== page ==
Unlike owning shares we all need somewhere to live, so very few people truly have a neutral position. As I read Fancypants post, he hopes to gain financially by buying a house at a lower price thereby reducing his housing costs from what they would otherwise be. That's not a neutral position.

There are other things more important to humans than shelter - e.g food. How come we are happy to buy food on a weekly basis? Why not stockpile several years supply of basic foodstuffs?

This is effectively what we do in buying a property. The alternative is renting. Having a 1 year lease on a property is perhaps the equivalent of having one weeks worth of food - it is sufficient shelter to last a reasonable length of time. Why not view housing as a cost? The only reason we don't is the myth that "house prices always go up".

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This thread has gone completely off the point.

WHO CARES if there is a definition of "property speculation" which includes STR. I don't.

home ownership demand = housing demand + speculative demand

I am interested in how much speculative demand is holding up prices. The phenomenon of STR is completely irrelevant.

frugalista

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This thread has gone completely off the point.

WHO CARES if there is a definition of "property speculation" which includes STR. I don't.

home ownership demand = housing demand + speculative demand

I am interested in how much speculative demand is holding up prices. The phenomenon of STR is completely irrelevant.

frugalista

I'm a STRer and hoped that my minimal contribution to the market (selling and converting my asset to cash and then not buying again) would reduce the "speculative demand" part of your equation.

If a lot of people decide to STR then surely that will reduce the overall "home ownership demand".

Sorry to be picky, but basically I agree with your original post. When the majority of people do not see any speculative GAIN from owning residential property, then we can have the much-needed correction.

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Sorry everyone, I was just getting stroppy coz it seemed to be that the thread had turned into a "who are the evil speculators" witch hunt.

I'm a STRer and hoped that my minimal contribution to the market (selling and converting my asset to cash and then not buying again) would reduce the "speculative demand" part of your equation.

If a lot of people decide to STR then surely that will reduce the overall "home ownership demand".

You are completely correct of course. However, I think STR, which is bearish speculation, is a very small phenomenon, whereas I suspect the "bullish speculation" trends which I mentioned in the original post are quite possibly very significant market drivers.

frugalista

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It's interesting that 'speculation' is now a word with negative connotations whereas in 1830 it was equivalent to 'investment' today - See this Thread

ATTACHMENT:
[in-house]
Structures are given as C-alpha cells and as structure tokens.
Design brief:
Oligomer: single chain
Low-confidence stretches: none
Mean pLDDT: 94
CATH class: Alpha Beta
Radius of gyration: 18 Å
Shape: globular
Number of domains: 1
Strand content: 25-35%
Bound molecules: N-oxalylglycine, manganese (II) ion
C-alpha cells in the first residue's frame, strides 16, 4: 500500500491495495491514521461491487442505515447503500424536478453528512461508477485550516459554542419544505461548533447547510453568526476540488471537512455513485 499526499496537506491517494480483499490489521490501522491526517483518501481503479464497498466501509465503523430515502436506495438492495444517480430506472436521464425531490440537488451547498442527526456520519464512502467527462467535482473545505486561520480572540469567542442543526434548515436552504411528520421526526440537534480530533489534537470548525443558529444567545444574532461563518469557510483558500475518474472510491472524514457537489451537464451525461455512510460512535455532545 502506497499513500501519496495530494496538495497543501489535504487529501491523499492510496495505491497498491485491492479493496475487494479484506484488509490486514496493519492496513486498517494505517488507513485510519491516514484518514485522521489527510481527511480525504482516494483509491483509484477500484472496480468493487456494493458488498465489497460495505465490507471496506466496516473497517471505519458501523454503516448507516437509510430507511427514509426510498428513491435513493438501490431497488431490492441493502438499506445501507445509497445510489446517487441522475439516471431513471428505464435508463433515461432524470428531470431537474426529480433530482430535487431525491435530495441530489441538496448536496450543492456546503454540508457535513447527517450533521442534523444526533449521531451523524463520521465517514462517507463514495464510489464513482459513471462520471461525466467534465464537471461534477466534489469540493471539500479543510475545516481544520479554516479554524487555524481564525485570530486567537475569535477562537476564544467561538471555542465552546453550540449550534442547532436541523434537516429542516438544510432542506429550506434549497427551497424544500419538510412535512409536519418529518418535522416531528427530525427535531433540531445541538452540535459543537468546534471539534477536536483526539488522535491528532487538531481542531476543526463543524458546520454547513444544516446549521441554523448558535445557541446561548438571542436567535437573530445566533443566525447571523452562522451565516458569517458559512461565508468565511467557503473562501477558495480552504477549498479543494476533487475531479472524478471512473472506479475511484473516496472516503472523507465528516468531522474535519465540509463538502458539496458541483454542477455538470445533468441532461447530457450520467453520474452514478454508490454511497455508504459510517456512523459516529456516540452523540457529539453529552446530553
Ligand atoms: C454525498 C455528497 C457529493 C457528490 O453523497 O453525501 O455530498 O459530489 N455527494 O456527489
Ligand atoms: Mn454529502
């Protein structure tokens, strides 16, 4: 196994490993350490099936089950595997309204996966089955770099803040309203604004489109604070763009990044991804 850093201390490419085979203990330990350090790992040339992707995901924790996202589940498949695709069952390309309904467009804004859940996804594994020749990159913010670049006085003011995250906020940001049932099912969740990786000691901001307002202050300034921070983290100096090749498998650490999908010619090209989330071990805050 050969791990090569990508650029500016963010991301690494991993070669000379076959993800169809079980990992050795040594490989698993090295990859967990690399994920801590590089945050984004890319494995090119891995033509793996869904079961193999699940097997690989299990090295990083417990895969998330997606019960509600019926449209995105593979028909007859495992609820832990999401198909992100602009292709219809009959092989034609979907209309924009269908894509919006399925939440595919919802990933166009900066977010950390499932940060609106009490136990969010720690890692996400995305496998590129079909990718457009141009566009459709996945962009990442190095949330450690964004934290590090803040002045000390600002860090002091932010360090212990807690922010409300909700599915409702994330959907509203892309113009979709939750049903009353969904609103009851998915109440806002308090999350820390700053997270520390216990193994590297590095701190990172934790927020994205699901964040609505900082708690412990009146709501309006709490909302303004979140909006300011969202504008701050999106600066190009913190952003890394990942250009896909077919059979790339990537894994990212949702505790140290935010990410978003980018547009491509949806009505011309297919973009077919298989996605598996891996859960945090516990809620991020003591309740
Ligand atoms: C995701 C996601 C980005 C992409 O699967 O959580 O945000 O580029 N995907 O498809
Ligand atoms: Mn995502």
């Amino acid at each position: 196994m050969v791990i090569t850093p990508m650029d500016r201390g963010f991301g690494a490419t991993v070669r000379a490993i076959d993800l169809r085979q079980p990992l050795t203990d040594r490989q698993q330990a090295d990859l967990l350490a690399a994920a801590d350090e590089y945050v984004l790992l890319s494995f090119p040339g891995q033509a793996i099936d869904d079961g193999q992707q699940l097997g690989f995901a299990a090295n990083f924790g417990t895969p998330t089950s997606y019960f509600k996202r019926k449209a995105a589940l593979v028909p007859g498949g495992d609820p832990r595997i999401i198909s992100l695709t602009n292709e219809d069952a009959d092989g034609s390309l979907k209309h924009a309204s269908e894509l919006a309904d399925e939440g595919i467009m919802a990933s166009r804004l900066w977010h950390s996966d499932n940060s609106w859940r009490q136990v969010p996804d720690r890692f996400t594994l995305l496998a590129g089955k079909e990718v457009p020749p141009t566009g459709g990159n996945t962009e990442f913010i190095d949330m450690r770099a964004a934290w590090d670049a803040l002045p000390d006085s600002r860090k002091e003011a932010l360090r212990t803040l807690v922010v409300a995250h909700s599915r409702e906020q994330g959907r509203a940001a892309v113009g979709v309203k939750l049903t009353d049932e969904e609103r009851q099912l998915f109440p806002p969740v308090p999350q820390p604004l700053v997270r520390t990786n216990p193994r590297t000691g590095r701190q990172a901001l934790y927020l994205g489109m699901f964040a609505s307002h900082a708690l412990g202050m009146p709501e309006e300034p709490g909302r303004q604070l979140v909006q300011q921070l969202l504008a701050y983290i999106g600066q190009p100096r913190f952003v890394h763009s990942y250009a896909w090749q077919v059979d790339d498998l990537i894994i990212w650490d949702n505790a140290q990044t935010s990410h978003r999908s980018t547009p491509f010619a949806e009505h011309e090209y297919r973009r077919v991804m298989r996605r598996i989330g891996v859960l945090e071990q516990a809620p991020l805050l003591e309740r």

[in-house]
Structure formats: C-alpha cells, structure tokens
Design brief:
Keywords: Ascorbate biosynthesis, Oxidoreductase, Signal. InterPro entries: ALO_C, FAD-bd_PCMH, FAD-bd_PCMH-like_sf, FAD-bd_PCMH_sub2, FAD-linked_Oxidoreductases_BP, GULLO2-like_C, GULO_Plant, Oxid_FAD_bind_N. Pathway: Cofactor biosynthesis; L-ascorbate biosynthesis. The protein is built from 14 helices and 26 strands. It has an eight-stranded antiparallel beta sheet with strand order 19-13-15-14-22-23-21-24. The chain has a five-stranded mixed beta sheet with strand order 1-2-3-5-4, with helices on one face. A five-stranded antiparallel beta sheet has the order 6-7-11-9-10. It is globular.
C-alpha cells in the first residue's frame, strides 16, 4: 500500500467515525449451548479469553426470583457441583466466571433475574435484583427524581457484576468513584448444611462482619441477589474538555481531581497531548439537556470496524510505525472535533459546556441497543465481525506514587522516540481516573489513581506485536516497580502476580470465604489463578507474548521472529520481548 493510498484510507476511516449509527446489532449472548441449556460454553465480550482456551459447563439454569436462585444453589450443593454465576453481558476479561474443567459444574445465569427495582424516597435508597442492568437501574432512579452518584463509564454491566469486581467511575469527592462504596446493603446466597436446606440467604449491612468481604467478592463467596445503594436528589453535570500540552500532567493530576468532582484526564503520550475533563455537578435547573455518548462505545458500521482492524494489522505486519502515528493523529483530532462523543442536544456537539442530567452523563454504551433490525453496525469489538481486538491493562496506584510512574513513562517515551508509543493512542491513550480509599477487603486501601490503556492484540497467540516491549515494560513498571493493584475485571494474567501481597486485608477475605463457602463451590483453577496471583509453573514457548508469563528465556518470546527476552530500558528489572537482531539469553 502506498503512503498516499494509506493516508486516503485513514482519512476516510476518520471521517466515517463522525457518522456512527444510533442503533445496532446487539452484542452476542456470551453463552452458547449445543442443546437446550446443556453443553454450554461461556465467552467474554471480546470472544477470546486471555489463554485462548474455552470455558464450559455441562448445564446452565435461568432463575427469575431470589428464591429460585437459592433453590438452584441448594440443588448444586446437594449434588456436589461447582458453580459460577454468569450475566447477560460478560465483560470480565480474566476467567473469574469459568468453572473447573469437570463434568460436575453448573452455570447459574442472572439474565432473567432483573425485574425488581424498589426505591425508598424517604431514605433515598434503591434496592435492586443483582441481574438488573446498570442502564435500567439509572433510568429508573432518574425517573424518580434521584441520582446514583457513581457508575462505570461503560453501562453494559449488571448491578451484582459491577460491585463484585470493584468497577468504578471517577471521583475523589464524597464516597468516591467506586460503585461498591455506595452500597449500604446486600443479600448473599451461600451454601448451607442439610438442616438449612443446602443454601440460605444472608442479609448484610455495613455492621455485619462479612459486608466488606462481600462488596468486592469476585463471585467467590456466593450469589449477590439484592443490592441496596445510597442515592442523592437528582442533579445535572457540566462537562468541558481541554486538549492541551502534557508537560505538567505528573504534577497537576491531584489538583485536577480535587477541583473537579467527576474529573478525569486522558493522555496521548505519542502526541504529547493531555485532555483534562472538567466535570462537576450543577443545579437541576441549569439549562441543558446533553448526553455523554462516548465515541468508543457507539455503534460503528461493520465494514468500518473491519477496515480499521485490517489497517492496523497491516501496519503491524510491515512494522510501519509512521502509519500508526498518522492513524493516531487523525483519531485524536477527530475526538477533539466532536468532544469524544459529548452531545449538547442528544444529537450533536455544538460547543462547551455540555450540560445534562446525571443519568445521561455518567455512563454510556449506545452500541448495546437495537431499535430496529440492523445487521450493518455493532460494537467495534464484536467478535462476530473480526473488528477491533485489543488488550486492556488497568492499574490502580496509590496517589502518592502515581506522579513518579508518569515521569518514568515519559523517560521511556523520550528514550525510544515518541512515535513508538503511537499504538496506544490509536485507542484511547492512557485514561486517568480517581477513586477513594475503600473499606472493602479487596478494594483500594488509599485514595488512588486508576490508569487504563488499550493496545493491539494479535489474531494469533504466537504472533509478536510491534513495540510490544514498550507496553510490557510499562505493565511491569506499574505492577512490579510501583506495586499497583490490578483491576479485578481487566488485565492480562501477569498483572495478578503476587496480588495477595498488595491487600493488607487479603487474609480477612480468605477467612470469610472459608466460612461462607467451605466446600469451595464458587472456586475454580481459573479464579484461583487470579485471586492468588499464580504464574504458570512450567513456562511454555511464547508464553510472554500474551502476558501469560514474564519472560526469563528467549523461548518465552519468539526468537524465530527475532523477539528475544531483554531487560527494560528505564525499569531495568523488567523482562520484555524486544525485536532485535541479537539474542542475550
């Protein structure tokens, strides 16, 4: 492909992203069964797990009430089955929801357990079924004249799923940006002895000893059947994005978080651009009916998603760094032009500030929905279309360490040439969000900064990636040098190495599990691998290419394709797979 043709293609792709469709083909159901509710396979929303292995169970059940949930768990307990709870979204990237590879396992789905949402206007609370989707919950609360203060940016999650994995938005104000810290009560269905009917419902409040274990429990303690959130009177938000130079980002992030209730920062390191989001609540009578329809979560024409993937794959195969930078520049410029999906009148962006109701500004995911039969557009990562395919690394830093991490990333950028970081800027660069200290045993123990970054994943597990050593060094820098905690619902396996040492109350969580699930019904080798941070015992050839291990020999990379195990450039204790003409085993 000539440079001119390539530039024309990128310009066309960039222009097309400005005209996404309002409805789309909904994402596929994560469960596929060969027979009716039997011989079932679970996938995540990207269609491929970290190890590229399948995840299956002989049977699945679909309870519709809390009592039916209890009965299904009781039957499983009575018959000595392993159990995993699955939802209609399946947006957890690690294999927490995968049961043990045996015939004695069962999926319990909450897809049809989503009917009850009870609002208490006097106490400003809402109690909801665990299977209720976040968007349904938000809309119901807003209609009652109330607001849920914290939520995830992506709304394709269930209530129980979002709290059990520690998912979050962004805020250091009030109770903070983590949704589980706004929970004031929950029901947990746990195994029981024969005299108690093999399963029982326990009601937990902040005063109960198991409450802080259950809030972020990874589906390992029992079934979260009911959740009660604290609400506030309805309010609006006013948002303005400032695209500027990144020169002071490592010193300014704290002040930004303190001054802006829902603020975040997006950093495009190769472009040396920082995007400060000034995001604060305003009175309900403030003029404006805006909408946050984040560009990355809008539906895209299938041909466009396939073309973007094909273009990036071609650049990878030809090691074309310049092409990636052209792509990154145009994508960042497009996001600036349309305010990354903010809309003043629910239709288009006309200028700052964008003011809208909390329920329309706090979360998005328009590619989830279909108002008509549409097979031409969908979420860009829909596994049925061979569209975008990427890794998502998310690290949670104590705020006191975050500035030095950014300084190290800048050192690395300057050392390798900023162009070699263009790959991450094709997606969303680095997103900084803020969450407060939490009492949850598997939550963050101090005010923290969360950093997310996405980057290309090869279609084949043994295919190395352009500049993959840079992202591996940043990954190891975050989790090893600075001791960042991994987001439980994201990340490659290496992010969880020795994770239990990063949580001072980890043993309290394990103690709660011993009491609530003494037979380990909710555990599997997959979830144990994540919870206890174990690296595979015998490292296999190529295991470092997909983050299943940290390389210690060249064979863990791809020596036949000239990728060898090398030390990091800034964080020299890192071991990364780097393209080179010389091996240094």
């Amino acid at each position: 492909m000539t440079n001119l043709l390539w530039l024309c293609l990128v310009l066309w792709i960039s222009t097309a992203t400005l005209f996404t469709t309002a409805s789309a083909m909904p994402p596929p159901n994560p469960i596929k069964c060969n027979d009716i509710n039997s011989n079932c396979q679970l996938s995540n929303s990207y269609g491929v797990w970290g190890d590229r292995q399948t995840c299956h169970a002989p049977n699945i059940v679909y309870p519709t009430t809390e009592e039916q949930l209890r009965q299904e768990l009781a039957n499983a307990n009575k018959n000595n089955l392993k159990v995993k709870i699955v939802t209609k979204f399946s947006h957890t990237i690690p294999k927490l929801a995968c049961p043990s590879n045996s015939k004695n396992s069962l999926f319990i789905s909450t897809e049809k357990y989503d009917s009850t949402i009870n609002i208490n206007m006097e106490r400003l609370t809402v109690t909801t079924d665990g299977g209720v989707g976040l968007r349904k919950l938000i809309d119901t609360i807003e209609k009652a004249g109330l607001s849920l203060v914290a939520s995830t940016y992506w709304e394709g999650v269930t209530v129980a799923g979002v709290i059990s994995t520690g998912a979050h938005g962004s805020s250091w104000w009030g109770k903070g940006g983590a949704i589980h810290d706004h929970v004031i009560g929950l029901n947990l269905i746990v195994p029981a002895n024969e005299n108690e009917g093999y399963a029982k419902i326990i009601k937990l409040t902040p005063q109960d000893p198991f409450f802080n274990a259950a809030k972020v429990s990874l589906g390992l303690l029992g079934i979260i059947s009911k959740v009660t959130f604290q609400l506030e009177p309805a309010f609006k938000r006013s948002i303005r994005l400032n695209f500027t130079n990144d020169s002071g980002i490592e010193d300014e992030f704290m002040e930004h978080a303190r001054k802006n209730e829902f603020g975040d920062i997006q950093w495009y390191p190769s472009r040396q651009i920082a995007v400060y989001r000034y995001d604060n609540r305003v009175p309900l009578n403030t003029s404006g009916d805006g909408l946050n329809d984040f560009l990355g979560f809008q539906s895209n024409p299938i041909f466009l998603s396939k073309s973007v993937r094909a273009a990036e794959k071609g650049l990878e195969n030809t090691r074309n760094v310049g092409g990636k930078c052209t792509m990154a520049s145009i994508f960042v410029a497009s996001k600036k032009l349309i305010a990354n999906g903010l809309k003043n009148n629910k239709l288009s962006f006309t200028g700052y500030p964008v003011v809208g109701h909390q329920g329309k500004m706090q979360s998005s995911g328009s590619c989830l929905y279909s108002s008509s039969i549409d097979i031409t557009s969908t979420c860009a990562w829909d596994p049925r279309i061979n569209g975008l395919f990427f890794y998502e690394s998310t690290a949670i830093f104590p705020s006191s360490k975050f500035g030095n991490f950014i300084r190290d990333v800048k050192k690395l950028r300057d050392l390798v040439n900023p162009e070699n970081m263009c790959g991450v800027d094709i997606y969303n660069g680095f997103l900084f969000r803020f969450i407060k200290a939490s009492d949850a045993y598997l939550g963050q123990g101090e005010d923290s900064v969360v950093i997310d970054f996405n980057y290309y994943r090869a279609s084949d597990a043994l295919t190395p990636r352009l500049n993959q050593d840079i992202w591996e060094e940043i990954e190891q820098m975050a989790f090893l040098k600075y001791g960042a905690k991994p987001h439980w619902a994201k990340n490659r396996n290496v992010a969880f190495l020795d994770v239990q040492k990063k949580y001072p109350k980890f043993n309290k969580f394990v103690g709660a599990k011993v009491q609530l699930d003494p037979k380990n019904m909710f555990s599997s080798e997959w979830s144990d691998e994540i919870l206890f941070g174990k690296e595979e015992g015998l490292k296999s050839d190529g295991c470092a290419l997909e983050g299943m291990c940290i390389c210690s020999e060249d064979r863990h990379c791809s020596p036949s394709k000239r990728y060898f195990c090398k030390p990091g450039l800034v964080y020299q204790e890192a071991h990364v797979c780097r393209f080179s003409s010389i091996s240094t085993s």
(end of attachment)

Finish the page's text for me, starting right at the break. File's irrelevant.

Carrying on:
I wonder if the word 'investment' or 'BTL' will go the same way.

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It's interesting that 'speculation' is now a word with negative connotations whereas in 1830 it was equivalent to 'investment' today - See this Thread

I wonder if the word 'investment' or 'BTL' will go the same way.

I am sure there will be some comedy reinterpretations of the BTL acronym

e.g.

Bad Tenant Litigation

or

Big Tax-bill Looming

Any other suggestions?

frugalista

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It's interesting that 'speculation' is now a word with negative connotations whereas in 1830 it was equivalent to 'investment' today - See this Thread

I wonder if the word 'investment' or 'BTL' will go the same way.

Having worked in one organisation that had got the Investors in People plaque - I bloody well hope so.

Exploiters in People???

Not that I'm bitter or anything..

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I like Mark Cuban's definition of speculation:

"If you spend the money and the only way you can earn a return on that money is by selling whatever it is you have purchased. You are speculating."

Delightfully simple. By this definiton not all BTL is necesarily speculation, although in practice I think it usually is. Thr rents offset the holding costs (mostly the interest on loans), but the real money is usually made (edit: whoops, i mean obtained) in capital gains. That's speculation. Speculation is not inherintly bad - it is just redistribution of wealth. However I am of the opinion that large differnces in the distribution of wealth is inherintly bad.

The annoying thing about land specualtion is that people need land to place dwellings and workplaces - two essential ingredients for the creation of real wealth. When land prices are driven up speculativley the creators of real wealth - workers and emploers - become priced out.

Edited by moit

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  • 302 Brexit, House prices and Summer 2020

    1. 1. Including the effects Brexit, where do you think average UK house prices will be relative to now in June 2020?


      • down 5% +
      • down 2.5%
      • Even
      • up 2.5%
      • up 5%